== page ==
Old train cooridor now commute option
By Chris Heller, Atlanta Daily Biking Commuter
EDITOR's NOTE: Cycler Chronicler Guest Columnist, and Cartoon Network Graphic Designer Chris Heller, https://twitter.com/maddope, battles the Midtown traffic of Atlanta, Georgia, on his daily commute to work. This Atlanta biker boy wants to share with GLOBers the progressive approach Atlanta has taken to making their streets more biker friendly.
It looks like the city of Atlanta is starting to make moves so that cycling will be a more viable commuting-to-work option in Atlanta.
Bicycle commuting in midtown and downtown Atlanta is not user friendly. The majority of drivers view cyclists as obstacles in the road slowing them down. Add on top of that struggle for the road, Atlanta’s roads weren’t built with the cyclist in mind. The big concern is the roads are not wide enough to allow for a bike lane, and this inadvertently pits cyclist and motorist against each other vying for their ‘piece of the road.’
An old railroad corridor circling the core of the city is currently being transformed into the Atlanta Beltline. The Atlanta Beltine is a sustainable project providing a network of public parks, multi-use trails, and transit by re-using the 22-miles of historic railroad corridors circling downtown and to directly connecting 45 neighborhoods directly to each other.
The Beltline is a paved path for pedestrians, cyclists, or any alternative commuters. The first part of the Beltline was built in 2012 and is called the Eastside Trail. The Eastside trail stretches 2.5 miles and the great part about it is that it runs directly inline with my daily commute direction. I travel approximately 6.4 miles in each direction from my home in east Atlanta to the Turner Broadcasting building in Midtown Atlanta, so the Beltline trail is a substantial and welcome break from motorists.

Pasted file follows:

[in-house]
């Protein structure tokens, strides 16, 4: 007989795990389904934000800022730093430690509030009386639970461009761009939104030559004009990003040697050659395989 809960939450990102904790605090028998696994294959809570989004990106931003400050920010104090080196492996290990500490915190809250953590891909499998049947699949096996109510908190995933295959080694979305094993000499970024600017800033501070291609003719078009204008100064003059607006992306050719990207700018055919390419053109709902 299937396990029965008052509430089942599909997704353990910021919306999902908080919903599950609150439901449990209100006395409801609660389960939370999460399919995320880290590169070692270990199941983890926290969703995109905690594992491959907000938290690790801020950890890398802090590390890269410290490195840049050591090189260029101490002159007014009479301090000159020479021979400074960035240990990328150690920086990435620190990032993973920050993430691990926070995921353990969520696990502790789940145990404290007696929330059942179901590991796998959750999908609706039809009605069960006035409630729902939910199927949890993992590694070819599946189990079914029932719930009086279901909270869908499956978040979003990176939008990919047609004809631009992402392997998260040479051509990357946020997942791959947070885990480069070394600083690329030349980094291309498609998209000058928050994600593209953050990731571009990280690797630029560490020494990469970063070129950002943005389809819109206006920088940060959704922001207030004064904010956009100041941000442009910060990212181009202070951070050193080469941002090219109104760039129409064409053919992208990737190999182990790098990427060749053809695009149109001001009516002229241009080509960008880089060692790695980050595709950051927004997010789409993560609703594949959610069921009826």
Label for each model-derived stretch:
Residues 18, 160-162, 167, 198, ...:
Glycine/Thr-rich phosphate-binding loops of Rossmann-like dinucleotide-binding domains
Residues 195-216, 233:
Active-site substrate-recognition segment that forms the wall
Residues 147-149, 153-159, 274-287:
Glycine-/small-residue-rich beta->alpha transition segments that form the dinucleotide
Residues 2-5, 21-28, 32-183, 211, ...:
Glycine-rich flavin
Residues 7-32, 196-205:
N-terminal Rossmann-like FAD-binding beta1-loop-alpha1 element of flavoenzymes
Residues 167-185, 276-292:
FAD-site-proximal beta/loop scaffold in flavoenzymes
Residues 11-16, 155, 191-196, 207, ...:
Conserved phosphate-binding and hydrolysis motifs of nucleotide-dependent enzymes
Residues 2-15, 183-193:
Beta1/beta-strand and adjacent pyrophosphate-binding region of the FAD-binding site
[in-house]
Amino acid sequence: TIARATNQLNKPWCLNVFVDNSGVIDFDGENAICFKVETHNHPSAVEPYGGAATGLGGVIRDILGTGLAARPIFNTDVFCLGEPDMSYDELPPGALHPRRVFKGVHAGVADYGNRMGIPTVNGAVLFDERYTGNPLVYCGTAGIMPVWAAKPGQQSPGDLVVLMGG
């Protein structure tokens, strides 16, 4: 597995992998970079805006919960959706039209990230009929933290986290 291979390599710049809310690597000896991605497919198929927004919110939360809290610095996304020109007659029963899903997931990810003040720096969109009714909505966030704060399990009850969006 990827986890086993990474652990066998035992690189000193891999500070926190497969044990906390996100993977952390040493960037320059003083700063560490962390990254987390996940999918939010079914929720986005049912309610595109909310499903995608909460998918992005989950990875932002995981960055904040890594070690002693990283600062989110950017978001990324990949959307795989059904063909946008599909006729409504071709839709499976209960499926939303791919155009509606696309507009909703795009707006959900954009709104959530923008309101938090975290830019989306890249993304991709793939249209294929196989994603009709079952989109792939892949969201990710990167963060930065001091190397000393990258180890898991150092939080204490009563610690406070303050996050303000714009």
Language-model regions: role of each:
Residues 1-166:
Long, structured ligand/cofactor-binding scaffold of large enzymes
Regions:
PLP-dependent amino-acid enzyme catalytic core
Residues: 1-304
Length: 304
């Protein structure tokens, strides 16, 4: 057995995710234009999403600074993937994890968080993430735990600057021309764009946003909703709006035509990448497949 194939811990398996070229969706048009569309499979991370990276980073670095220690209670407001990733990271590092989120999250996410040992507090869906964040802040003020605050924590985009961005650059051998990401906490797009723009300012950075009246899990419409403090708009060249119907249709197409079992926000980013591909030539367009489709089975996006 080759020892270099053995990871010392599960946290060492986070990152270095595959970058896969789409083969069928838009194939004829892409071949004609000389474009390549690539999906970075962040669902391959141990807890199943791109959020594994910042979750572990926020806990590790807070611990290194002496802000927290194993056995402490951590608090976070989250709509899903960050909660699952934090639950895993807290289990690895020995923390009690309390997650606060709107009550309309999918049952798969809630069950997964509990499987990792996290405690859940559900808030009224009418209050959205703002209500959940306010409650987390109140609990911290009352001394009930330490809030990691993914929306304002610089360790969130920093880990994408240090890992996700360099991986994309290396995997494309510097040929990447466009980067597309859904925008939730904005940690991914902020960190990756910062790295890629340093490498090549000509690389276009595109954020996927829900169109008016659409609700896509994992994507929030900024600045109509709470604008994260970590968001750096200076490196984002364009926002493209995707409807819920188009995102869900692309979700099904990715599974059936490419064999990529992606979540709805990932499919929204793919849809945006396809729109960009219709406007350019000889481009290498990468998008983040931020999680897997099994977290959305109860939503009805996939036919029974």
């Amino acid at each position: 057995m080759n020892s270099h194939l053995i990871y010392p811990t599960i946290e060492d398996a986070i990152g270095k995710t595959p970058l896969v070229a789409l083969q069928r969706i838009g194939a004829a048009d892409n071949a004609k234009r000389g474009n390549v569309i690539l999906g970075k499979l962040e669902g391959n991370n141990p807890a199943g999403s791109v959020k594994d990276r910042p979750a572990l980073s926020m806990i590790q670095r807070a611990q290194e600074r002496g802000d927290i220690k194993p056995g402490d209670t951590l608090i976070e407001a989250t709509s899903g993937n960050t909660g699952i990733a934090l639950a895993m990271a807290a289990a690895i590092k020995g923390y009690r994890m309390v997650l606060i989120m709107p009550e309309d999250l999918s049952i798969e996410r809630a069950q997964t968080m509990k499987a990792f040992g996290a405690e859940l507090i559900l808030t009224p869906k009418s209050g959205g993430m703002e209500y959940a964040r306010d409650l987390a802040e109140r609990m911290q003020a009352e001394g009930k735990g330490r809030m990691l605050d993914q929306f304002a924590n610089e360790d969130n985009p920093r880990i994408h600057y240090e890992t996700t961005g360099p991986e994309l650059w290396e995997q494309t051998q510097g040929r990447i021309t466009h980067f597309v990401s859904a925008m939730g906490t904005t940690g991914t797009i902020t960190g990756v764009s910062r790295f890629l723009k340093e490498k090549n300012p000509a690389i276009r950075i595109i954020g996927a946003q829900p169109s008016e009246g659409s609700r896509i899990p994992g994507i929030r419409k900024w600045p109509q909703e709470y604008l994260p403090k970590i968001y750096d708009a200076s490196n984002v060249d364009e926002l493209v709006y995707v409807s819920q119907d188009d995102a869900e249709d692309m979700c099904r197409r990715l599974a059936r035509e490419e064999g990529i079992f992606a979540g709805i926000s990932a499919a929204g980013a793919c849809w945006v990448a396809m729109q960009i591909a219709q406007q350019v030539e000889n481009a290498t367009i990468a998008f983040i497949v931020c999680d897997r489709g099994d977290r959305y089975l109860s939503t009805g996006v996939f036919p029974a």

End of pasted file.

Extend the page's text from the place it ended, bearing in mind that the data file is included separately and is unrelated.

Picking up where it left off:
One way I’m personally trying to improve cycling in Atlanta is by using an app developed at Georgia Tech. Cycle Atlanta is a smartphone app for recording bicycle trips. The app uses your phone's GPS software to record your routes in real-time, allowing the City of Atlanta to know which routes cyclists prefer. The information collected by the app is transmitted to and used by the City of Atlanta to see which routes cyclists prefer and to make strategic improvements to bicycle infrastructure. This will make cycling in Atlanta a better experience, and encourage those who currently don’t bike to try it. Check out the local NPR story about the City of Atlanta's commitment to cycling.
I also participate in the Georgia Commute Options service by logging my bike trips. This is a program of the Georgia Department of Transportation that offers free commute options services to individuals and workplaces.
The GCO service makes it easier to switch from driving alone to one of many commute options such as: carpool, vanpool, transit, telework (work from home), bicycling, and walking.
There are 85,000 Georgians using Georgia Commute Options and the numbers are growing. Many employers, and companies use the service too by encouraging employees and staff to take advantage GCO with staff incentives, and personal recognition . My employer (Turner Broadcasting) uses the service and makes it available to me, so I login under the company name. I have also earned a number of Barnes and Noble gift cards for logging my rides!
I like to think of bikers, as alternative commuters are making a difference. In December a 20-county area of metro Atlanta has met federal requirements relating to for the 1997 “8-hour ozone standard.” designation. According to a Dec 2, 2013, EPA news release: “The Atlanta area has made significant progress in improving air quality. This progress is a result of hard work and great cooperation among local, state and federal agencies, private partners and the over four million Georgians who live and work in the Atlanta area”that meets the standard. – including one Chris Heller, and many other bikers.